8. They encourage employee input. Even if employees are not looking to move up within the organization, they may want to extend their reach in the hospital by offering suggestions for improvement. Don't let employees feel boxed in to their particular roles; design multiple avenues for suggestions so that staff in any department can submit ideas and receive feedback. Yale-New Haven has an online program called Work Smart, which allows staff members to submit ideas online. The ideas are then reviewed by a committee, and feedback from the committee is communicated directly to the employees whose suggestions have been accepted. "Then those employees are recognized and rewarded," Mr. Morris says.

At Northeast Regional, the hospital has designed several ways to encourage employee input. "Around 50 percent of the employees are willing to have a conversation [about their ideas with their supervisor]," Mr. Barber says. "For the ones that aren't, we try to provide several different forums for them to provide feedback. We have a very robust employee satisfaction survey." The hospital saw a 100 percent employee participation rate in this year's survey, due in part to Mr. Barber's efforts in promoting the survey. The hospital's push for feedback is evident in the results: Last year, employee comments on the satisfaction survey were so numerous that they filled more than four pages. The hospital also has an old-fashioned suggestion box, and Mr. Barber holds birthday luncheons to give employees a chance to chat with the CEO once a year. Open forums and town halls are also held regularly to discuss hospital issues and invite any feedback.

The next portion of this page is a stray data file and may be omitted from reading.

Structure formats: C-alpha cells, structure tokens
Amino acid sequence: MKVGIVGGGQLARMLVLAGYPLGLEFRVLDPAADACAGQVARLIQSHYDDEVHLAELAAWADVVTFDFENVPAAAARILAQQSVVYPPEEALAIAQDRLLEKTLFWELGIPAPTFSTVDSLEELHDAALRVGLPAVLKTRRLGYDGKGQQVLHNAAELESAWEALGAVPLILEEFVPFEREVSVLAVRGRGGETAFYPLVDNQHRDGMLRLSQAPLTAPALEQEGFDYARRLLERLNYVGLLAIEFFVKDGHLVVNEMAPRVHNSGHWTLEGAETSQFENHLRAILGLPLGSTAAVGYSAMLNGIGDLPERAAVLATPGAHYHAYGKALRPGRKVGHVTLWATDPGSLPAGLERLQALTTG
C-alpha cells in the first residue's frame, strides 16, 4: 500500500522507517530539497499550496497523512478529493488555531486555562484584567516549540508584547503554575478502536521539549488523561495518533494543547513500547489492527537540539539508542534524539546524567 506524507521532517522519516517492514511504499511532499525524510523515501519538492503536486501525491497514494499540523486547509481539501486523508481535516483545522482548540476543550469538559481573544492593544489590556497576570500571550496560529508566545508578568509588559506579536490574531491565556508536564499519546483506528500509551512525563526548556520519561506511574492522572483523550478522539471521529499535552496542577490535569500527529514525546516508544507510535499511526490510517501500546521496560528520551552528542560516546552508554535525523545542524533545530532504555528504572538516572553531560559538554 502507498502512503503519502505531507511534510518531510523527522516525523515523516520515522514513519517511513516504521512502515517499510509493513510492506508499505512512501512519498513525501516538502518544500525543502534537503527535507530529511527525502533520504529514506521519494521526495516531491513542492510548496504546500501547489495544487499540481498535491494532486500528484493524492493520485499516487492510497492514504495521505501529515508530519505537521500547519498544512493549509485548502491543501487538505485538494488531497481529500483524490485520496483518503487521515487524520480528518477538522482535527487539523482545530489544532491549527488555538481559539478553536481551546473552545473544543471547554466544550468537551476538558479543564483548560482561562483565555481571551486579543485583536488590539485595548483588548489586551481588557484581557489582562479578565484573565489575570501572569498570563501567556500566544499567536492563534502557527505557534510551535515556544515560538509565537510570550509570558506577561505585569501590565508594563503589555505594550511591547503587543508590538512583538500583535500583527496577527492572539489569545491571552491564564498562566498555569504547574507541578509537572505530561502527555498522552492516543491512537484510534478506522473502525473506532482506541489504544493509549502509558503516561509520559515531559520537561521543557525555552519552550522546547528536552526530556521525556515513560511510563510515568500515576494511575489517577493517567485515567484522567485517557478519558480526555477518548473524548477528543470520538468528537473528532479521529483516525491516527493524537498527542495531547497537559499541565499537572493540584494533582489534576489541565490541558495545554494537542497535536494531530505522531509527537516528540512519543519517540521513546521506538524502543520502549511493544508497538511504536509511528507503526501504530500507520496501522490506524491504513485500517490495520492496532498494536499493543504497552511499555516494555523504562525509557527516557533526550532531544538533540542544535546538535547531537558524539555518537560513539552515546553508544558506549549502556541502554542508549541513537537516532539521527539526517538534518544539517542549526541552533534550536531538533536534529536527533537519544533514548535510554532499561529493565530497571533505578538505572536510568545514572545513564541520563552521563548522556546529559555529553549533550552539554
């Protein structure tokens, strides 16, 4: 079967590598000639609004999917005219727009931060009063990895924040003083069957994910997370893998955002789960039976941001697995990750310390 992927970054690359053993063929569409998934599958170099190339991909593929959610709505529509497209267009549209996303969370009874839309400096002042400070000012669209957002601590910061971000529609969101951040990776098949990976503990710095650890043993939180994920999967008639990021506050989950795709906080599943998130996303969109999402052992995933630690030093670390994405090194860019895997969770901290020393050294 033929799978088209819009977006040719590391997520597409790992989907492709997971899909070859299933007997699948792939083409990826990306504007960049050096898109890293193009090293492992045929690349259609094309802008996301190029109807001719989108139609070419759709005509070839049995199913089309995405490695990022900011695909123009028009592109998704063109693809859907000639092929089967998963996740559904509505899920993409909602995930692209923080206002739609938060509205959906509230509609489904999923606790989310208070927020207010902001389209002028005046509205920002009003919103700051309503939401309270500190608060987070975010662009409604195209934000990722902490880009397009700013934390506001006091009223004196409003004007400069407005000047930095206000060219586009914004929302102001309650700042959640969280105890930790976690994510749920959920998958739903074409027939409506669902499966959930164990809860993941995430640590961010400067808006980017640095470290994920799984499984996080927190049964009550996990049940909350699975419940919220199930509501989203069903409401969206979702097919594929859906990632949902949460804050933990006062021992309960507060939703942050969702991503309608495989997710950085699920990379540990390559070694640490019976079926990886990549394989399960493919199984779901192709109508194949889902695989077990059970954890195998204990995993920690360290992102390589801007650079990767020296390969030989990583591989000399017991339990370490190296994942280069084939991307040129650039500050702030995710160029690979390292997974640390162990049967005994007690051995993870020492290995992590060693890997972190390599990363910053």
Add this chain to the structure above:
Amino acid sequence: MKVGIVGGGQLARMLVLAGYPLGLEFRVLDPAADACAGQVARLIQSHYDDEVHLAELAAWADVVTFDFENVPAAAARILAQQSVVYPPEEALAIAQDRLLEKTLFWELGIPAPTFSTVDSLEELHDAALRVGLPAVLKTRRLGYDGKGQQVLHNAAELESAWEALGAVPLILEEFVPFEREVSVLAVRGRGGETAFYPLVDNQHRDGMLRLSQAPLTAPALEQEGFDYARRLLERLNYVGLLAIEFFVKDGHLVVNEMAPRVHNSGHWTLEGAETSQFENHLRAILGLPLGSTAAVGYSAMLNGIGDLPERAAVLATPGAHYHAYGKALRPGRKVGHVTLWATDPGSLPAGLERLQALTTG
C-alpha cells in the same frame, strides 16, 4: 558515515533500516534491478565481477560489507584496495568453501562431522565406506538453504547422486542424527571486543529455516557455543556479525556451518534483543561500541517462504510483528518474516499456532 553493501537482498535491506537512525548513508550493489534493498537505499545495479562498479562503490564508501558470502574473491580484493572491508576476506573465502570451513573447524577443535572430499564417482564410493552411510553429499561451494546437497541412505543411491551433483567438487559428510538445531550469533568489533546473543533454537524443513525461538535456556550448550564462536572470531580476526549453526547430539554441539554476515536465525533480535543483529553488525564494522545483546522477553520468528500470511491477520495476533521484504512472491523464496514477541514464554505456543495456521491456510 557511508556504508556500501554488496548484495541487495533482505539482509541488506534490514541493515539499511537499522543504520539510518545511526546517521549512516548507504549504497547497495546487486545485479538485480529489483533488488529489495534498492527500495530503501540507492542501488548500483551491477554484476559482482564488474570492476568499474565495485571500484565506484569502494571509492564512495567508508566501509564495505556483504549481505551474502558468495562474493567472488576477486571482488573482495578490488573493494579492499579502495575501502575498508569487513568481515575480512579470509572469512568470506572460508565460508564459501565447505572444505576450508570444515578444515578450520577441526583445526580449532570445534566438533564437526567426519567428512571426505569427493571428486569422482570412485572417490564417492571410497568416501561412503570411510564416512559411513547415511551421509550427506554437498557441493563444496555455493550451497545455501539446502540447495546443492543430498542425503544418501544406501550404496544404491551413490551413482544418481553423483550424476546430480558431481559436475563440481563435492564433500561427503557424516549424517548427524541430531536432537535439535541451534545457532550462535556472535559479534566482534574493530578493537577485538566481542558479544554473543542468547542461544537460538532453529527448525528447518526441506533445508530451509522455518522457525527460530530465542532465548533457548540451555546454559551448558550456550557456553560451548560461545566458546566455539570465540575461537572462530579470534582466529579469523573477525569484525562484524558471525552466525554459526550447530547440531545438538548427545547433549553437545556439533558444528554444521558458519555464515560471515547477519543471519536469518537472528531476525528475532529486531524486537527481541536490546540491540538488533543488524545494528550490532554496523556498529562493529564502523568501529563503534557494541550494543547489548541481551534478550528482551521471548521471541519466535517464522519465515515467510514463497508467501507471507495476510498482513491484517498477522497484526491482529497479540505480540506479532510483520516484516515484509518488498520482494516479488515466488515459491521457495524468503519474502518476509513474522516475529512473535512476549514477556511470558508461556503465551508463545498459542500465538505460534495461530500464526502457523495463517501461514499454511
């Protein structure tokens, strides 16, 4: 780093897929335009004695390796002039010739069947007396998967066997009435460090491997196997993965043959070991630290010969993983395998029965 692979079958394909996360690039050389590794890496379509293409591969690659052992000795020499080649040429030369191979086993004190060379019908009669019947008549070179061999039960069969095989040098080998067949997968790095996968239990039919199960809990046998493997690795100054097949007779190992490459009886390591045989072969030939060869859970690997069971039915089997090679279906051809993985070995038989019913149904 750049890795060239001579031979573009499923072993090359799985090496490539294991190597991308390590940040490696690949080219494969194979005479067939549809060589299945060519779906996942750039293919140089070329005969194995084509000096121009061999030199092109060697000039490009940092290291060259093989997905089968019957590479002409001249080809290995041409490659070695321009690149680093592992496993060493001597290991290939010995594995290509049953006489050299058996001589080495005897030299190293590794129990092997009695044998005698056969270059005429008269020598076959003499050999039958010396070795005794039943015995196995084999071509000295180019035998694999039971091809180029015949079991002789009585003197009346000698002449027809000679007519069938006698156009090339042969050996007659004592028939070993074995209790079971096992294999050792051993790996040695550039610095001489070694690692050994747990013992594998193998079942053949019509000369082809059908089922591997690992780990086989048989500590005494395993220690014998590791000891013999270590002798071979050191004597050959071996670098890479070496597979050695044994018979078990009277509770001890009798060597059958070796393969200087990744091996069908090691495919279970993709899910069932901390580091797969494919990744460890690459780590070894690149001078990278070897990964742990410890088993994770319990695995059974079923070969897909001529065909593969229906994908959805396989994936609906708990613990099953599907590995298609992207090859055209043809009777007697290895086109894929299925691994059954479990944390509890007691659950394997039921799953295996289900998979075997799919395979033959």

Read more about employee engagement in healthcare:

-12 Best Practices for Making Hospitals Great Places to Work

-6 Tips to Improve Hospital Employee Engagement

-Study Reveals Most, Least Satisfied Hospital Employees